• Collage of images, including Maggie Walker, her home, and the St. Luke Penny Savings Bank

    Maggie L Walker

    National Historic Site Virginia

Multimedia Presentations

Maggie Walker's home

Maggie L. Walker National Historic Site invites you to enjoy our podcast.

NPS

Welcome to the Maggie L. Walker National Historic Site multimedia page. Featured is a new 12-stop podcast tour of historic Jackson Ward, where Maggie Walker lived from 1905 to 1934. The tour is narrated by Richmond historian Elvatrice Belsches, introducing you to the people and institutions of a remarkable community that flourished during Mrs. Walker's lifetime and has been declared a National Historic Landmark. Be sure also to download the map of the podcast tour before you head out on your trip.

To join us, just click the words "Historic Jackson Ward Podcast Tour" below; you can also subscribe to us through iTunes. Send your comments about the podcast to our webmaster; we would love to hear from you.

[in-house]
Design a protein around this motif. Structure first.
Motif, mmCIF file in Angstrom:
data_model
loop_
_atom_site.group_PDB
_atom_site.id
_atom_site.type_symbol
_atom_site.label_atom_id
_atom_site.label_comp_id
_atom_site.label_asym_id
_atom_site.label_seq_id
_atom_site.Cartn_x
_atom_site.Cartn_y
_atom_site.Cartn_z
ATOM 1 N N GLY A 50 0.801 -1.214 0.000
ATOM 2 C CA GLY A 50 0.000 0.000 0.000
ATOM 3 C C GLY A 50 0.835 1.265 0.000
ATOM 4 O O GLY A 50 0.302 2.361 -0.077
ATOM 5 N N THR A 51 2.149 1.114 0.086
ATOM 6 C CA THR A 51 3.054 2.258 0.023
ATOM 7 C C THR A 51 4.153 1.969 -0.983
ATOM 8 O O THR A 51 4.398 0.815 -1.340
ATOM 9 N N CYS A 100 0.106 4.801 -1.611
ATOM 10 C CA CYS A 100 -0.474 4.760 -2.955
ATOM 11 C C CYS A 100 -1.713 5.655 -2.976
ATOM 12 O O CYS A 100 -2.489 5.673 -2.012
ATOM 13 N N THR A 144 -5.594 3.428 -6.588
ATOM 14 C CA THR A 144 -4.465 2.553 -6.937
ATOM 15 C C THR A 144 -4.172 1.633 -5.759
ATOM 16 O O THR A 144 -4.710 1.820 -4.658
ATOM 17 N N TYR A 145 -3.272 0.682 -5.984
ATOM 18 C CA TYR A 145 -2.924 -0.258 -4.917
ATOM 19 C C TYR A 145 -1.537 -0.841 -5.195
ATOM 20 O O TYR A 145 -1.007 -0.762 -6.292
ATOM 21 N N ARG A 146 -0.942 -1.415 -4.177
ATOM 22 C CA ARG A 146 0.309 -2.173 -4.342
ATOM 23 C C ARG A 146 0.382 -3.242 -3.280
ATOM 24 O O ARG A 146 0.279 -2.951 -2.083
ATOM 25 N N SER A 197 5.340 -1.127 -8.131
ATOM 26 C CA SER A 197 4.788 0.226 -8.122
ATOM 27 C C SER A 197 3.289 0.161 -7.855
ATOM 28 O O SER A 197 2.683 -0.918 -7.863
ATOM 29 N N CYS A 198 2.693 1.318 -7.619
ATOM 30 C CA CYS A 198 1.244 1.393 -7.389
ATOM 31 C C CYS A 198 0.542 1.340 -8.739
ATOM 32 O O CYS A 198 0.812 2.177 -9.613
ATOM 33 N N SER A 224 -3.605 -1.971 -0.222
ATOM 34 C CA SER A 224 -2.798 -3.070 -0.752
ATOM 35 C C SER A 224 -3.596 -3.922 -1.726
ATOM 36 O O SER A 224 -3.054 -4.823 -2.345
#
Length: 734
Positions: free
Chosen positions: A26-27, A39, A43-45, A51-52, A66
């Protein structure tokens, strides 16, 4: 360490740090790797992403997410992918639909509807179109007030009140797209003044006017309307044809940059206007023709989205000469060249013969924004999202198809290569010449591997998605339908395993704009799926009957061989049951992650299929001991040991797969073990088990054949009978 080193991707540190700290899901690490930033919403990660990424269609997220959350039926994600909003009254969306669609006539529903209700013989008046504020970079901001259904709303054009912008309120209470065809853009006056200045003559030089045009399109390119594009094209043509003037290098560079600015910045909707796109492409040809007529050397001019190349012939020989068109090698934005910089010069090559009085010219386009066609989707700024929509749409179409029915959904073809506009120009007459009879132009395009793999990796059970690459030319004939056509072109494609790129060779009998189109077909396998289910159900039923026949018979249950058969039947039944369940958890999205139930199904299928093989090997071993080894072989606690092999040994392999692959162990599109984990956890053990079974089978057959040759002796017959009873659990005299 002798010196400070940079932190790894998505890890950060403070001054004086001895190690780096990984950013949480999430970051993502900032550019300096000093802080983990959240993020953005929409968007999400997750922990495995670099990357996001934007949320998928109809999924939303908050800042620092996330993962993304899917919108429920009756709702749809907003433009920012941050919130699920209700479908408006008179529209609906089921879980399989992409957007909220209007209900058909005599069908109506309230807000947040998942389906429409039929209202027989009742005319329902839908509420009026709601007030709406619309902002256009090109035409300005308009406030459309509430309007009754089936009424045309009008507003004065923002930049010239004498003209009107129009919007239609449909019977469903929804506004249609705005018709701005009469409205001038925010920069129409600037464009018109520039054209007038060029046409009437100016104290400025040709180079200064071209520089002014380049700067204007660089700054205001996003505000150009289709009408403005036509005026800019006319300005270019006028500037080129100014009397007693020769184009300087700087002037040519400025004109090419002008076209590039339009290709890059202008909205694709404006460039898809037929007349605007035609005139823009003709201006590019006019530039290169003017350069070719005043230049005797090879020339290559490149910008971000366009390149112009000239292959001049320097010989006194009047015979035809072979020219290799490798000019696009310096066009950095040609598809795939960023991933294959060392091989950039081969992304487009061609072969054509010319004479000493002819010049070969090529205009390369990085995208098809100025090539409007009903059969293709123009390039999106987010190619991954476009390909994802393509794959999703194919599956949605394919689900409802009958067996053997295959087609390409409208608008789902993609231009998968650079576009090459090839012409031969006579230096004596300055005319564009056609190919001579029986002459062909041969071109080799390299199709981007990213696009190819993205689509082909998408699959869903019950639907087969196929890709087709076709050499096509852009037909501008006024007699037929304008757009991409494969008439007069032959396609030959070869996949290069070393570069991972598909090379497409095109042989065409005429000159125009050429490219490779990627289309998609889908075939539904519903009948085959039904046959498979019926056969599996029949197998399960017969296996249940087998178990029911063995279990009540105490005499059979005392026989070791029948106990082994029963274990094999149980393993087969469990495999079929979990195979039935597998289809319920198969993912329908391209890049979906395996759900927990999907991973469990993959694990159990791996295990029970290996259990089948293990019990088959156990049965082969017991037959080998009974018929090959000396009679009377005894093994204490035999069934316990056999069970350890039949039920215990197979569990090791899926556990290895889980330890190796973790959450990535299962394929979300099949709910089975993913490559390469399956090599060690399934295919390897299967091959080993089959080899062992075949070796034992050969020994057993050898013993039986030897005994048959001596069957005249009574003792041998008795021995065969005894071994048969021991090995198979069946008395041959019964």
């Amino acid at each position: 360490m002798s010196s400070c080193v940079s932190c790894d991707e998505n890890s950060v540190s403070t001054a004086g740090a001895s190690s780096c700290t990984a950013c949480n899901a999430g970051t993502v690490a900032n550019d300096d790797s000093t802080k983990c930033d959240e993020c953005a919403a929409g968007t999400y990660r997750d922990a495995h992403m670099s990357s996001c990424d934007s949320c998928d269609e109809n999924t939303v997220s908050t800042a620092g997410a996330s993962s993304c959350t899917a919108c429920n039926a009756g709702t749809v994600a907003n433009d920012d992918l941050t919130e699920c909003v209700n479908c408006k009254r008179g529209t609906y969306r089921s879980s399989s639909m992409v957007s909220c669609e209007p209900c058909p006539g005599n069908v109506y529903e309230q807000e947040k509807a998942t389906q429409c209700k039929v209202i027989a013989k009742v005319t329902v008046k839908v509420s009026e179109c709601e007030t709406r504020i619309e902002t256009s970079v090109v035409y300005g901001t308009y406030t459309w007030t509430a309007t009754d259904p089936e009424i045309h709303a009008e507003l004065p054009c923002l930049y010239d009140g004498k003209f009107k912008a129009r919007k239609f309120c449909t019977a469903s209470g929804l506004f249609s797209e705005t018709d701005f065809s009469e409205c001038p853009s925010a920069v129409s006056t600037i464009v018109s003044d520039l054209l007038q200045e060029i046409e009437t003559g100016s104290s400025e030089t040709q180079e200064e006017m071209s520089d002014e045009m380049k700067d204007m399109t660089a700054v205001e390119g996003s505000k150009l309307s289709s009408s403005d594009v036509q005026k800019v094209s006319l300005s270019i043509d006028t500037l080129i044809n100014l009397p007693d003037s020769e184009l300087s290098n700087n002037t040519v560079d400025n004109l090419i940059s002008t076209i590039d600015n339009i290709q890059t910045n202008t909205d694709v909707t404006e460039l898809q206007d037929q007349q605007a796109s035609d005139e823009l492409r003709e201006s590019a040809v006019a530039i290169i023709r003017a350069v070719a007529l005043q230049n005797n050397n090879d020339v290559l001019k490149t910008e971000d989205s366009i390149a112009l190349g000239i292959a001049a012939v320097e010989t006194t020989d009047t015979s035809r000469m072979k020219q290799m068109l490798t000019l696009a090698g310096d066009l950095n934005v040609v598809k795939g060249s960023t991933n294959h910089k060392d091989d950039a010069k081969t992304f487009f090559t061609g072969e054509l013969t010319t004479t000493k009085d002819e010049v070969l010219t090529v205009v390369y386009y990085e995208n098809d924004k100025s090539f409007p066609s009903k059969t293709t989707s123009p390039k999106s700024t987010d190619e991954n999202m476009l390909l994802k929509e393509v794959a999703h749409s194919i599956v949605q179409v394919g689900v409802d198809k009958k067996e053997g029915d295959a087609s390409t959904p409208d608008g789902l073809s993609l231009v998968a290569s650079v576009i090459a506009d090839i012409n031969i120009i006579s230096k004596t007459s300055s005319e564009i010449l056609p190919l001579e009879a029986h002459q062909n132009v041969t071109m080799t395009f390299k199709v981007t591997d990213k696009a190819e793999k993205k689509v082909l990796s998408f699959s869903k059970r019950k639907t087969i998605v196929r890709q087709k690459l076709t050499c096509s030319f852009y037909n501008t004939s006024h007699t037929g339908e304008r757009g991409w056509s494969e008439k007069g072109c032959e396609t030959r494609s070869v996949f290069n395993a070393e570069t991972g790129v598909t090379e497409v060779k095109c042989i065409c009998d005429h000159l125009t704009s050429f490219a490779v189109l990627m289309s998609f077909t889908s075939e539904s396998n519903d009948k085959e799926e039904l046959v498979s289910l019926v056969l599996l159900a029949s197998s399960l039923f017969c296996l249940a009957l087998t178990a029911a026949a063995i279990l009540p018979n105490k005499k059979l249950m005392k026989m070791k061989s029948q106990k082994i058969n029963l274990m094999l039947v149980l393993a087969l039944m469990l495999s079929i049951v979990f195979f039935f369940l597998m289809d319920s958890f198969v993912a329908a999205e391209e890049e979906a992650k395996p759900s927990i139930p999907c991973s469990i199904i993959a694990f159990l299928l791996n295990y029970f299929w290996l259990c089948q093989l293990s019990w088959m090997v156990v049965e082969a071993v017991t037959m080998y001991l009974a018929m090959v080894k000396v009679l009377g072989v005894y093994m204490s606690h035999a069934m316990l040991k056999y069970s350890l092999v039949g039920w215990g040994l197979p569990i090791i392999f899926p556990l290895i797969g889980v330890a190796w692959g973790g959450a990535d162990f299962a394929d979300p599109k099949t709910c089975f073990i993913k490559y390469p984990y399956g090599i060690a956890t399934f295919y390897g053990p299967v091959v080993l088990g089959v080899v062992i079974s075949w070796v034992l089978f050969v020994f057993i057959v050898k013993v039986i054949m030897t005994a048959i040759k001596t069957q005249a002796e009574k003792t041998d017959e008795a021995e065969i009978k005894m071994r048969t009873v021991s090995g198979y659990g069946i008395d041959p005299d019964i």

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Historic Jackson Ward podcast tour Click the link to listen now. (28 mb)
About the podcast: Jackson Ward in the early 20th century was the largest African American community in Richmond and a nationally important center of African American cultural and economic activity. This 12-stop walking tour of the Jackson Ward National Historic Landmark District showcases the important people and places that earned for the area its reputation as the "Harlem of the South" and the "Black Wall Street of America." (Music provided by Library of Congress collections.)

Transcript of Historic Jackson Ward podcast (pdf)

 

Did You Know?

Booker T. Washington

While Mrs. Walker is known as the first African American woman to found and be president of a bank, much of her work was in the early 20th Century Civil Rights Movement with her friends Booker T. Washington, Mary Church Terrell, and Mary McLeod Bethune.